Arza metaprogramming facilities are limited.

I have not decided yet if I want macroses in language or not.

Instead I borrowed concept of decorators from Python to generate functions and types at compile time.


Decorators are syntactic sugar borrowed from Python for function composition.

Decorators can be applied to functions, types, and methods

In case of decorating functions decorator is a function which recieves other function and optional list of arguments and must return different function.


fun add1(fn, v) =
    fun (x, ...args) =
        // ...args will flush contents of a sequence into arguments
        fn(x+v, ...args)

fun add2(fn, v1, v2) =
    fun (x, y) =
        fn(x+v1, y+v2)

// applying decorators
@add2(0.1, 0.2)
fun f(x, y) = x + y

// now f is functions decorated by to functions add1 and add2

// decorators can be applied to specific methods
interface I =
    add(I, I)

@add2(0.1, 0.2)
def add(x of Int, y of Int) = x + y

override (super) sub(x of Int, y of Int) =  super(x, y) + super(x, y)

// decorators can be used in traits also
trait Add(T) for Float =
    def add(x of T, y of T) = x + y

    @add2(0.001, 0.0001)
    override (super) add(x of T, y of T) = super(x, y) * -1

// lets test our new functions
affirm:is_equal_all(f(1,2), add(1,2), 13.3)
affirm:is_equal(add(1.0, 2.0), -3.1111)

When decorating types decorator will receive tuple of three elements as first argument.

This tuple will consist of supertype, fields as list of symbols and initialisation function.

// this decorator will add specific field to type fields if this field is not already there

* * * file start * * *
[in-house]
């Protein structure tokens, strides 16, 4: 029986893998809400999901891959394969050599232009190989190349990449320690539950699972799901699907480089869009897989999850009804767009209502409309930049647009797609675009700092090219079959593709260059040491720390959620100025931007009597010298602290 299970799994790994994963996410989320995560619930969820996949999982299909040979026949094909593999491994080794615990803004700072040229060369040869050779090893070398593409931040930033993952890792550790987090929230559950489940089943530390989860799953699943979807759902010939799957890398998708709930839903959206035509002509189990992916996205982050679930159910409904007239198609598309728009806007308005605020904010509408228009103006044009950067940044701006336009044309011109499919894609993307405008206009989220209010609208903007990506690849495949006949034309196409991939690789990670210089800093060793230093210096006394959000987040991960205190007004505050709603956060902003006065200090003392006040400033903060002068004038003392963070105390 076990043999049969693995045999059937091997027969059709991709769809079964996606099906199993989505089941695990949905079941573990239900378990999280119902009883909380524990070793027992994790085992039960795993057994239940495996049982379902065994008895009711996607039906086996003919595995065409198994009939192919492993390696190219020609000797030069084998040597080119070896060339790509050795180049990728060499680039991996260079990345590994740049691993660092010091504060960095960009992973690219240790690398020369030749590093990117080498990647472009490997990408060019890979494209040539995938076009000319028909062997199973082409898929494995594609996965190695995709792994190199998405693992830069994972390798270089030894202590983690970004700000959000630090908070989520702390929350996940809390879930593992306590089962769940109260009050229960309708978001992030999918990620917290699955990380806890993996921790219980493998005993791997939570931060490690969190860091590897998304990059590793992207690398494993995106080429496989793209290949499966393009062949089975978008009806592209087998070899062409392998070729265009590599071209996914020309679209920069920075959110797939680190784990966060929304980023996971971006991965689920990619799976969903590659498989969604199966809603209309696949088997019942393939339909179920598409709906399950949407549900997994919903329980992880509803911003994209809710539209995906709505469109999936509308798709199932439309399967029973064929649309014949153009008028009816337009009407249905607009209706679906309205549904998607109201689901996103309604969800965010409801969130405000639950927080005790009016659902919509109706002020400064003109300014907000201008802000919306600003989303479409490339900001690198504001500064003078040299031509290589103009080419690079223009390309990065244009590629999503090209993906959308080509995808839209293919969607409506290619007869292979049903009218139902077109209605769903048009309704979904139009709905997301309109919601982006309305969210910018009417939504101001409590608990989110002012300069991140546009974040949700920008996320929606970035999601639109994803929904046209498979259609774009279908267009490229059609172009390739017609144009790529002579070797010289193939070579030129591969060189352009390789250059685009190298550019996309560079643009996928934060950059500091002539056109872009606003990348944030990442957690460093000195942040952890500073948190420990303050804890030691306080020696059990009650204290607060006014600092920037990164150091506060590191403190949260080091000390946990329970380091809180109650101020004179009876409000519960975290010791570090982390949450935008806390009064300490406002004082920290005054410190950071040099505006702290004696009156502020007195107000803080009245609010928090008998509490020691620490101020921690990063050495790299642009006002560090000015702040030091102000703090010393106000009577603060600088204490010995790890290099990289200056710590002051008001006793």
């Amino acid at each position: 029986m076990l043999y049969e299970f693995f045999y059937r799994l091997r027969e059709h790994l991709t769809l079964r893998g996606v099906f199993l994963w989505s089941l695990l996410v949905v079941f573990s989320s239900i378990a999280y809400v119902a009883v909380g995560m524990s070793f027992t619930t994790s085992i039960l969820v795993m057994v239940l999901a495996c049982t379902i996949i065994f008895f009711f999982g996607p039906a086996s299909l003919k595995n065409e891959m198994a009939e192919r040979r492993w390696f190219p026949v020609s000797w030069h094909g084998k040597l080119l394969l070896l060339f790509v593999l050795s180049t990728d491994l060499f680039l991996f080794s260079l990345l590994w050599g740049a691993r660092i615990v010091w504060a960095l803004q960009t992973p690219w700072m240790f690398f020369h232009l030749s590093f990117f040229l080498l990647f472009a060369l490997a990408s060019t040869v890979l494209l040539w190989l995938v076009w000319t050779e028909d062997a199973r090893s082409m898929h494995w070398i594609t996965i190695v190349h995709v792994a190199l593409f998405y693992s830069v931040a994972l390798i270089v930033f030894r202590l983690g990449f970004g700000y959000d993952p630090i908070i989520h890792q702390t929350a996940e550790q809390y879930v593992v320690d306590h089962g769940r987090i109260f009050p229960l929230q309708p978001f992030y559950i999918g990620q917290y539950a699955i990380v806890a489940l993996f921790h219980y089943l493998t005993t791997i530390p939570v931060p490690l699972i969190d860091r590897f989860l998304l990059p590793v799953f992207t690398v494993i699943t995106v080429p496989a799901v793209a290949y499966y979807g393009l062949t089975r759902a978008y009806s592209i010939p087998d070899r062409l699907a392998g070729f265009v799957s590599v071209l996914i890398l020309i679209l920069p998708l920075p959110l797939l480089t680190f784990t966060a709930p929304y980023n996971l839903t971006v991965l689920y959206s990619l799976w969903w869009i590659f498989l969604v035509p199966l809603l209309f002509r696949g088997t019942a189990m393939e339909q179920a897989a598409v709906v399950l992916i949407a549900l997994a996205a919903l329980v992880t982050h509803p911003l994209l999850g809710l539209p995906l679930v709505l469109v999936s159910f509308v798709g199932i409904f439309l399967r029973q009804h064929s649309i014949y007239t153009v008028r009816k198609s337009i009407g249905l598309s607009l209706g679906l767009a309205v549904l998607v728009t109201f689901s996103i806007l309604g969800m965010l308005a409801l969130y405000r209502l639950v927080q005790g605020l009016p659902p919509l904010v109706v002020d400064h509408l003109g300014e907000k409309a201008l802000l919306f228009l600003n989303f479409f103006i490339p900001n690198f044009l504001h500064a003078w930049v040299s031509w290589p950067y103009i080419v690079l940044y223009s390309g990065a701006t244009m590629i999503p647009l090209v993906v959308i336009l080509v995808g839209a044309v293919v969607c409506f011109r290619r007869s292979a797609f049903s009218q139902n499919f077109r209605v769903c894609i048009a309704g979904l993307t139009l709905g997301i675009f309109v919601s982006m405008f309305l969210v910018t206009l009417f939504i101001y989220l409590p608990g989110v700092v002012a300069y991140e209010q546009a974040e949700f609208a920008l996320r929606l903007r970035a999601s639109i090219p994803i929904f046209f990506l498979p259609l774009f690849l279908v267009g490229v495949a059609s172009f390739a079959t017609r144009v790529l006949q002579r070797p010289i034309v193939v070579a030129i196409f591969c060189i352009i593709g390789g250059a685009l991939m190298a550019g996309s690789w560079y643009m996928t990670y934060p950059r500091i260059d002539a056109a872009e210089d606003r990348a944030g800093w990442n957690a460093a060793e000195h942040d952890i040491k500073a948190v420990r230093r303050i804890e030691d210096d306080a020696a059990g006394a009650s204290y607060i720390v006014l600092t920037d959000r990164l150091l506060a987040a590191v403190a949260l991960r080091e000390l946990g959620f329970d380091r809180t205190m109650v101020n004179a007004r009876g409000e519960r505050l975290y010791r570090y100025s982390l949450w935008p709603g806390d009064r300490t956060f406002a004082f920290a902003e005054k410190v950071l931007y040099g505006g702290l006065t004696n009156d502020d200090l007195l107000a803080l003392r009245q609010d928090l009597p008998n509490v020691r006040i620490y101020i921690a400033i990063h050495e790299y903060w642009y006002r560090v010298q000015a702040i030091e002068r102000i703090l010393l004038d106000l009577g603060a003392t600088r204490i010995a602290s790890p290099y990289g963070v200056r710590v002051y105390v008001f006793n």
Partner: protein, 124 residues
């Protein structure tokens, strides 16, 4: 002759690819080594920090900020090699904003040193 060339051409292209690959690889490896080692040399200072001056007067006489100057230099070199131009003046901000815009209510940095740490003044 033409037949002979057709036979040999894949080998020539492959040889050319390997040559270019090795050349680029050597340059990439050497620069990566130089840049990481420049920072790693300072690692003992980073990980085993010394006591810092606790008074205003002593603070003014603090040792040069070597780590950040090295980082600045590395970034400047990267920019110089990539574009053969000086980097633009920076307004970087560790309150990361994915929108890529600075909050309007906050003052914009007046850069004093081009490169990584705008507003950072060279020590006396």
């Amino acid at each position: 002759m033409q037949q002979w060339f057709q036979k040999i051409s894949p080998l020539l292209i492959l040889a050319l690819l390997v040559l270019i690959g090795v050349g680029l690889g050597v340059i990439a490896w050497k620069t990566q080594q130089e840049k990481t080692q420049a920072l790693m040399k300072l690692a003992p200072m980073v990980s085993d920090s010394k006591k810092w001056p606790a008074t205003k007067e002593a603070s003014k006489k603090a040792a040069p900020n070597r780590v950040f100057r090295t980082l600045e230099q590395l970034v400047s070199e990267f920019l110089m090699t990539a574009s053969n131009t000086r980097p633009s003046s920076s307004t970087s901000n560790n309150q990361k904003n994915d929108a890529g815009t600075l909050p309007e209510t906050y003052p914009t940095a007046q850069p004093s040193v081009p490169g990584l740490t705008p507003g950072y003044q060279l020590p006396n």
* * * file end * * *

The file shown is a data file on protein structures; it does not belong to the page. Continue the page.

fun add_field ((supertype, fields, _init) as typedata, field) =
    if not has(fields, field) then
        (supertype, append(fields, field), _init)

// this decorator will add field #y
let add_y = add_field(_, #y)

// this decorator will init specific field with value after initialisation
fun init_field((supertype, fields, _init), field, value) =
        fun _wrap(...args) =
                data = _init(...args)
                data.{(field) = value}
        (supertype, fields, _wrap)

// this is almost the same like above but initialize field with special function
fun init_field_with((supertype, fields, _init), field, value, fn) =
        fun _wrap(...args) =
                data = _init(...args)
                data.{(field) = fn(@, value)}
        (supertype, fields, _wrap)

// Lets apply them to some types
type XYZ(x)

type ABC()

@init_field(#b, #b)
@init_field_with(0, #c, (x, y) -> x ++ y)
type AB(a)
    init (ab, a) = ab.{a=a}

type Sum(v)
    init (sum, x, y) =
        sum.{v = x + y}

type Sum2

// now we can test with

    xyz = XYZ(1, 2, 3)
    abc = ABC(1, 2, 3)
    ab = AB(#a)
    sum1 = Sum(1,2)
    sum2 = Sum(1, 2)
    affirm:is_equal_to_map(xyz, {x=1, y=2, z=3})
    affirm:is_equal_to_map(abc, {a=1, b=2, c=3})
    affirm:is_equal_to_map(ab, {a=#ac, b=#b})
    affirm:is_equal_all(sum1.v, sum2.v, 3)